Observers say he has turned a culture of “deny and defend” towards more transparency and accountability. He feels it was about staff understanding that they needed to simplify what they do, communicate what they do and be pragmatic about what they can do, as “one of the most, if not the most” regulated State agencies. Tusla not only provides a child protection and welfare service, and alternative care for children that the State takes into care, but also regulates all creches and preschools, and provides services for adoption, family support, education welfare and for those affected by domestic, sexual and gender-based violence — although a new, dedicated agency will take over the last of those roles within the next two years.

“We have to do all of those in a very technical way, but at the end of the day we can only do that through relationships with individual children and families and communities and the public.” He thinks he was able to communicate to the workforce “that I believe in accountability but I believe in fair accountability”. An error or a failing should not be met with a “hang ’em high” response. “I think the workforce has risen to that challenge. There are some who obviously don’t.”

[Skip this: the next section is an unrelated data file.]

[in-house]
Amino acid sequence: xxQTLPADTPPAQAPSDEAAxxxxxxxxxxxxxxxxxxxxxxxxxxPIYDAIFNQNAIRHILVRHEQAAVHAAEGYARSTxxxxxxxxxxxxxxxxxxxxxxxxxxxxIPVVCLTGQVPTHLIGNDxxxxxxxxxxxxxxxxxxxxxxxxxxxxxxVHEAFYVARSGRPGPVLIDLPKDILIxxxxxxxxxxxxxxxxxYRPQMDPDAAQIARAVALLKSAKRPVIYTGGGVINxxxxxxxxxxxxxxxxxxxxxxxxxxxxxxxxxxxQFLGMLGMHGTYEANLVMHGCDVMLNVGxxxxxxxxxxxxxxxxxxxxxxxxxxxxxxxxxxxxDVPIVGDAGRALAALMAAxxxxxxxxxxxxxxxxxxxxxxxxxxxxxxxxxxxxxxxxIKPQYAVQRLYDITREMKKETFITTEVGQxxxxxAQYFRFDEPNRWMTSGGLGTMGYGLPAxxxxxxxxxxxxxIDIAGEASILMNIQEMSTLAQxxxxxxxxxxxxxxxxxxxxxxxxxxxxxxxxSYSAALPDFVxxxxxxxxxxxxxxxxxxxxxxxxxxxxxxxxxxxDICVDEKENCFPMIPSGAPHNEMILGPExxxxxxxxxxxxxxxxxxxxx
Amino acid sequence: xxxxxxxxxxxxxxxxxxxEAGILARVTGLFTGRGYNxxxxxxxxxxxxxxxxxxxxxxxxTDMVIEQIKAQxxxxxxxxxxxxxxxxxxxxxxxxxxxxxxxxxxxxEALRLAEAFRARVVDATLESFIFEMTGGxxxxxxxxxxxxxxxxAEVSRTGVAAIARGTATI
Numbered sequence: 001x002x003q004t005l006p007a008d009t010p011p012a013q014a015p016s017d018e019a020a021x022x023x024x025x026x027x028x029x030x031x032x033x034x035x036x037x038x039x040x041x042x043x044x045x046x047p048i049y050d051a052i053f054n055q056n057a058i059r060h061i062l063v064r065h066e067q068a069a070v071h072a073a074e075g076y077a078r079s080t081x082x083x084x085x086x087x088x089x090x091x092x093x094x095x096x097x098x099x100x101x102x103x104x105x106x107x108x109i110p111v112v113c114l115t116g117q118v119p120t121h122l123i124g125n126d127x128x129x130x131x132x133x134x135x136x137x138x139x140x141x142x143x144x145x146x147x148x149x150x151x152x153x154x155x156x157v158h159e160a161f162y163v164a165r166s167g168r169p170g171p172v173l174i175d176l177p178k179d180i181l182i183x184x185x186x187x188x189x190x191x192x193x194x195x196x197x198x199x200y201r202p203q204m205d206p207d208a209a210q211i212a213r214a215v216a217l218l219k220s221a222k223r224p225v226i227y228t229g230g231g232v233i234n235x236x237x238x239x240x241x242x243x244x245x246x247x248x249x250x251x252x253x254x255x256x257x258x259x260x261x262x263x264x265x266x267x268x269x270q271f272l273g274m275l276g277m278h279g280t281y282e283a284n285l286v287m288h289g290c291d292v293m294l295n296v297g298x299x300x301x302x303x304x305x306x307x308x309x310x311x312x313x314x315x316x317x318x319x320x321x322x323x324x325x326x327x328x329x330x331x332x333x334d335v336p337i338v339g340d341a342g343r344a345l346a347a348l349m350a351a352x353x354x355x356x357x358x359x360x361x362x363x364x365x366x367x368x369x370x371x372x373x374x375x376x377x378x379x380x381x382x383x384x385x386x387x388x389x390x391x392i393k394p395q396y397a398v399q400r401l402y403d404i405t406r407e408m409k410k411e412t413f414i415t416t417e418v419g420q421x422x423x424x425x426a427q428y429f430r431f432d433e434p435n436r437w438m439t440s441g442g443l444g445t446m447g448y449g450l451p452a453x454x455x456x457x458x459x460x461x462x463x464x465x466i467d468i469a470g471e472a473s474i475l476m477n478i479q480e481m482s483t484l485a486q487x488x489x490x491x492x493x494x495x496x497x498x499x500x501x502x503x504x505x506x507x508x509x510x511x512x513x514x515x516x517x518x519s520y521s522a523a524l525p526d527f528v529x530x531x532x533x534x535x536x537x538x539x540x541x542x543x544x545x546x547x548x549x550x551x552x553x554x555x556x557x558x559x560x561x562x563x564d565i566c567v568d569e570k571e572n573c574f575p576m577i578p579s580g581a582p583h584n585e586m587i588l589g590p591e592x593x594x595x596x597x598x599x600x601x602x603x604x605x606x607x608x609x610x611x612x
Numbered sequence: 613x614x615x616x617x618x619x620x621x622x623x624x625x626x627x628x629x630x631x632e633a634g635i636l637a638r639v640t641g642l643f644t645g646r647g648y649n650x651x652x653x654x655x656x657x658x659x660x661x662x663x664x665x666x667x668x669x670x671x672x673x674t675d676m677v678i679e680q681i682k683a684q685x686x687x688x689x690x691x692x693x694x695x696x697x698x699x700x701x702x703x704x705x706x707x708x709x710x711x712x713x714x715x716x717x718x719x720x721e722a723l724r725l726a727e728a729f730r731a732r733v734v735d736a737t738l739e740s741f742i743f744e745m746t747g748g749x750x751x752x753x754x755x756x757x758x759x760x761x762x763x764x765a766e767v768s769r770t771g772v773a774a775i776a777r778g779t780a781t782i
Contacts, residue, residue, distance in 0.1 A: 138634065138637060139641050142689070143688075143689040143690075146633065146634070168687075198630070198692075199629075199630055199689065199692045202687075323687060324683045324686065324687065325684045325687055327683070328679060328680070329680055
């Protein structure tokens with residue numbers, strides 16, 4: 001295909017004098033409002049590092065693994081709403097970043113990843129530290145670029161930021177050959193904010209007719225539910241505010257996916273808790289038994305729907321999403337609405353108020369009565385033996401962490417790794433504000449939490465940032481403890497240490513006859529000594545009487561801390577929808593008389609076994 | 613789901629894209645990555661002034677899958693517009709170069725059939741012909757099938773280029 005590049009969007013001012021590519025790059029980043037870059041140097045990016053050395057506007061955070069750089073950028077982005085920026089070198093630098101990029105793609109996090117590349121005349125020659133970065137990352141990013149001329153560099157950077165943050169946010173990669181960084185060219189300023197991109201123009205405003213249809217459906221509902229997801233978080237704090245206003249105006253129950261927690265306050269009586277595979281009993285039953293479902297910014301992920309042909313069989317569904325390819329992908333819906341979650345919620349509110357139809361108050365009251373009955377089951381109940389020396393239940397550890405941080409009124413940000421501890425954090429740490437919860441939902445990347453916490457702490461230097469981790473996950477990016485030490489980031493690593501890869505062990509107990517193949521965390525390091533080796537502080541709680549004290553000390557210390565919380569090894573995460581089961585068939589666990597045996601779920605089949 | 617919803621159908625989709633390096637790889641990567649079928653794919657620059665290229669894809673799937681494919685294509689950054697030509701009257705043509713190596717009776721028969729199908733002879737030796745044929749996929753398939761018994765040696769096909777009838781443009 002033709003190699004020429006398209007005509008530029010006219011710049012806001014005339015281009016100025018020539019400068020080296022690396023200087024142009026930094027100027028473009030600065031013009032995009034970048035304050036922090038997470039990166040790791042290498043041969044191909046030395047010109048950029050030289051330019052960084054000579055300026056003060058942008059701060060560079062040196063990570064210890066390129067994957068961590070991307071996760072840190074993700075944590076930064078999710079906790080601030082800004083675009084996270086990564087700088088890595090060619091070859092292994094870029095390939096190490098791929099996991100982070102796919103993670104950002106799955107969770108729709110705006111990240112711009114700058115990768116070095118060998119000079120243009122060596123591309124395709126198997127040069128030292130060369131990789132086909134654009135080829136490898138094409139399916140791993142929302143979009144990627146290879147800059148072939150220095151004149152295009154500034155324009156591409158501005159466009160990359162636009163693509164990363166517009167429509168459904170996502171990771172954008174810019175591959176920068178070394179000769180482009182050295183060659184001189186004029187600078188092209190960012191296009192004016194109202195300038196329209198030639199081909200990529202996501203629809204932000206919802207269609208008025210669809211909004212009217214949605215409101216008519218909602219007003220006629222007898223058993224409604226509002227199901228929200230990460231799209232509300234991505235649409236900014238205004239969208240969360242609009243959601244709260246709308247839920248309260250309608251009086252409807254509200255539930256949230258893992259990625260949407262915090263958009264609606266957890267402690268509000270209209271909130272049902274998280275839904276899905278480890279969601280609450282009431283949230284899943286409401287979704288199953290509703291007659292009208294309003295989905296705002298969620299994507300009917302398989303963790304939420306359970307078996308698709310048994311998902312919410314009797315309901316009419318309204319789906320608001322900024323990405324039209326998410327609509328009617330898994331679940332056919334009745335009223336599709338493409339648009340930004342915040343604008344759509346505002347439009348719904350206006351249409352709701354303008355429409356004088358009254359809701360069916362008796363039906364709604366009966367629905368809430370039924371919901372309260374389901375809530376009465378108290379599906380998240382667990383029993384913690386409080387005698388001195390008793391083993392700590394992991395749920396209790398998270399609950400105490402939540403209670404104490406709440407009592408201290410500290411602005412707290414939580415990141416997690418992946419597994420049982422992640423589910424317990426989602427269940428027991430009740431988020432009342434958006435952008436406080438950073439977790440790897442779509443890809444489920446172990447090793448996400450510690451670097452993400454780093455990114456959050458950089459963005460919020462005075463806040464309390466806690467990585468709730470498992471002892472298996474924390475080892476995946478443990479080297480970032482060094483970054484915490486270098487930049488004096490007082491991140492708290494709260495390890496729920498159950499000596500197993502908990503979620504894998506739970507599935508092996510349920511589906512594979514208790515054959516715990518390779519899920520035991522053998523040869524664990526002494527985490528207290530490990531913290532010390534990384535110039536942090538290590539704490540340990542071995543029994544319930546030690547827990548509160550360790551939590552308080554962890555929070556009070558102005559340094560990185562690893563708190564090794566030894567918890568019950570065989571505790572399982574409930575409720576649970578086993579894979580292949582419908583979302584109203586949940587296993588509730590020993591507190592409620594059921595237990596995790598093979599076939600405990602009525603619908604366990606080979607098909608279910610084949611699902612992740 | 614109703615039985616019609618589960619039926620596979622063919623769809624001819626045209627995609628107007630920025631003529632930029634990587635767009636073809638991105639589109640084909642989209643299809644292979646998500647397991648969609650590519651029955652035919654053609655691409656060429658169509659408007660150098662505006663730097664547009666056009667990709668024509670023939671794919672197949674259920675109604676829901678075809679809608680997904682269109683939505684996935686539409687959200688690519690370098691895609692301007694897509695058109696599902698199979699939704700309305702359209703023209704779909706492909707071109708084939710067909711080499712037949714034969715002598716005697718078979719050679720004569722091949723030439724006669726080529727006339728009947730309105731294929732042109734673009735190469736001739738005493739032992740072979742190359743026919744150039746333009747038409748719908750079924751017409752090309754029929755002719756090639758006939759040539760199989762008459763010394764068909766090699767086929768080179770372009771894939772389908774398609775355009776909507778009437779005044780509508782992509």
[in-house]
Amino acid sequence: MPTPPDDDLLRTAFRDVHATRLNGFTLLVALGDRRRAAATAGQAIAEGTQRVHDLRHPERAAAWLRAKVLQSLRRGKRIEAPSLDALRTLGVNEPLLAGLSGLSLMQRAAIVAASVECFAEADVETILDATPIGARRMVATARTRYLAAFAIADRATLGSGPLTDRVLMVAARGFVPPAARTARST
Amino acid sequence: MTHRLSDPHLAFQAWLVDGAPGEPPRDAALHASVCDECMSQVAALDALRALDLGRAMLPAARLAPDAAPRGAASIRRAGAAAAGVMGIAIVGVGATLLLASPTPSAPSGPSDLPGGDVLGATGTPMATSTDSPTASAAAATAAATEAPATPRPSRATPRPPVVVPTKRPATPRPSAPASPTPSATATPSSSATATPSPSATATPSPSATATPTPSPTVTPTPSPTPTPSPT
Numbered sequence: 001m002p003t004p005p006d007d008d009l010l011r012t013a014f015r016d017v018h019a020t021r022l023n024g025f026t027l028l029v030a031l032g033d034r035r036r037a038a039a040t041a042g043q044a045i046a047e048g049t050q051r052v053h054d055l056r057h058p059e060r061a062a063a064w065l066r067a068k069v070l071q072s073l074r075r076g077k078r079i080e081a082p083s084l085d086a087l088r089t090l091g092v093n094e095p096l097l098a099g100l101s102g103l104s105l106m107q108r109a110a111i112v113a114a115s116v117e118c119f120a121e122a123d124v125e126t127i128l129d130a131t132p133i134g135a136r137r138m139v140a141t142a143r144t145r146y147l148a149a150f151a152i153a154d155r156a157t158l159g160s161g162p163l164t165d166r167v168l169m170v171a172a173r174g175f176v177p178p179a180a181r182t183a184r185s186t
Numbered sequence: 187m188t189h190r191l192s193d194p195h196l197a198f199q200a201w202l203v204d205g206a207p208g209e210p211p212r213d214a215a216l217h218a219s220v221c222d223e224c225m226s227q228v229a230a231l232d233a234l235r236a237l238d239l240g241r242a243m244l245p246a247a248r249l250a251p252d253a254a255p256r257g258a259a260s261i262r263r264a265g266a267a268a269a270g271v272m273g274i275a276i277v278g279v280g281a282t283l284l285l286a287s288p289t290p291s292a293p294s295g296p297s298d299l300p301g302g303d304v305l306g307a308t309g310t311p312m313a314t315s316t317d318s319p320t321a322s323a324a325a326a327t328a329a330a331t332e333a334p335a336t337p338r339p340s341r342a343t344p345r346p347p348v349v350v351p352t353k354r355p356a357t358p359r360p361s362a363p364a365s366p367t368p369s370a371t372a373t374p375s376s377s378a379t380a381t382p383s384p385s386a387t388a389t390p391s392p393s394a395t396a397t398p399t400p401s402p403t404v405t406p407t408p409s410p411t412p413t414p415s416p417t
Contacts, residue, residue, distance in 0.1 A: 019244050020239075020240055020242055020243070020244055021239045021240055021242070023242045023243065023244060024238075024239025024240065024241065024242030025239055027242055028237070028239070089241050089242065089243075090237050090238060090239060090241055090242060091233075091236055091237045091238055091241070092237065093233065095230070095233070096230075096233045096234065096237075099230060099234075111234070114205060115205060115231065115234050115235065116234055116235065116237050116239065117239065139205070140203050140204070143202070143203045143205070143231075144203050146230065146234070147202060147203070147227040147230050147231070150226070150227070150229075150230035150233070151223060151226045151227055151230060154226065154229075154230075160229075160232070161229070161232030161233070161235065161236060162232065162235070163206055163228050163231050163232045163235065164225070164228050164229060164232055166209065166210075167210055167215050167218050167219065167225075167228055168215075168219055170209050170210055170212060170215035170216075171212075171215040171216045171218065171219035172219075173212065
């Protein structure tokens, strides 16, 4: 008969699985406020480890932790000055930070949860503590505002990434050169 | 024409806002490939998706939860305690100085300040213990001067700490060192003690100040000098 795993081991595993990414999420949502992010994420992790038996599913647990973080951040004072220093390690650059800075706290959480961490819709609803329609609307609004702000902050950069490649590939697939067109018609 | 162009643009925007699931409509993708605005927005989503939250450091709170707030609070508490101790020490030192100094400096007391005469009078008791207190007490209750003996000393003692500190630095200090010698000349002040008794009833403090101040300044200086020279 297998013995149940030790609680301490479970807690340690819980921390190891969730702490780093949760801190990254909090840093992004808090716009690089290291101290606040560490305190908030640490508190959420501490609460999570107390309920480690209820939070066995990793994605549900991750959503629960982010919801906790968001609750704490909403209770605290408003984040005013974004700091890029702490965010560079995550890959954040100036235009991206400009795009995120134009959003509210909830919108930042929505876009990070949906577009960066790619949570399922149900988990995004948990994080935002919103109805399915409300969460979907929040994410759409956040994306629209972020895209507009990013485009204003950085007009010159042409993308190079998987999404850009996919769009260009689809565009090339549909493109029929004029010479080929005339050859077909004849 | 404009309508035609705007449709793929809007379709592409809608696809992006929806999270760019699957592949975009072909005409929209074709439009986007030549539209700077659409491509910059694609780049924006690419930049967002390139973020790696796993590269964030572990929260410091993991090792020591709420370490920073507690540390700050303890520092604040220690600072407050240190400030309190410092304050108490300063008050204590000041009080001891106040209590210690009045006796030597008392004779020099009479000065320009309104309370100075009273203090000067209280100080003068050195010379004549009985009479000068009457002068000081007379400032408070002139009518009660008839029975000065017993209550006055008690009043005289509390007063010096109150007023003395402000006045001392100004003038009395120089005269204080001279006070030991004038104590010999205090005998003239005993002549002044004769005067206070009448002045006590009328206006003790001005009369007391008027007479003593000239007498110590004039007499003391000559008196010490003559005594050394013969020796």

Key to changing practice and culture was a shake-up in structure. “The governance in my view was heavily centralised, quite siloed and quite fractured,” says Gloster, who set up a central management team of five. Then, because “you can’t run Tusla for each individual child from the centre of Dublin”, he divided the country into six regions and appointed six chief officers to lead those regions, each effectively becoming “the CEO of Tusla in their place”.

Where does he think the organisation stands now in terms of public trust? “I think it is perhaps for others to judge... but I would say that I have a strong sense from fairly significant reference points and feedback that public confidence in the agency is better,” he replies. There is recognition that the organisation is “on the pathway of improving”. Across Government and Irish society generally, he believes Tusla is seen more now “as part of the solution in the State’s response to where we’re at as a society, rather than, perhaps, being part of the problem, as it were”. However, it will always experience challenges, due to the nature of its work.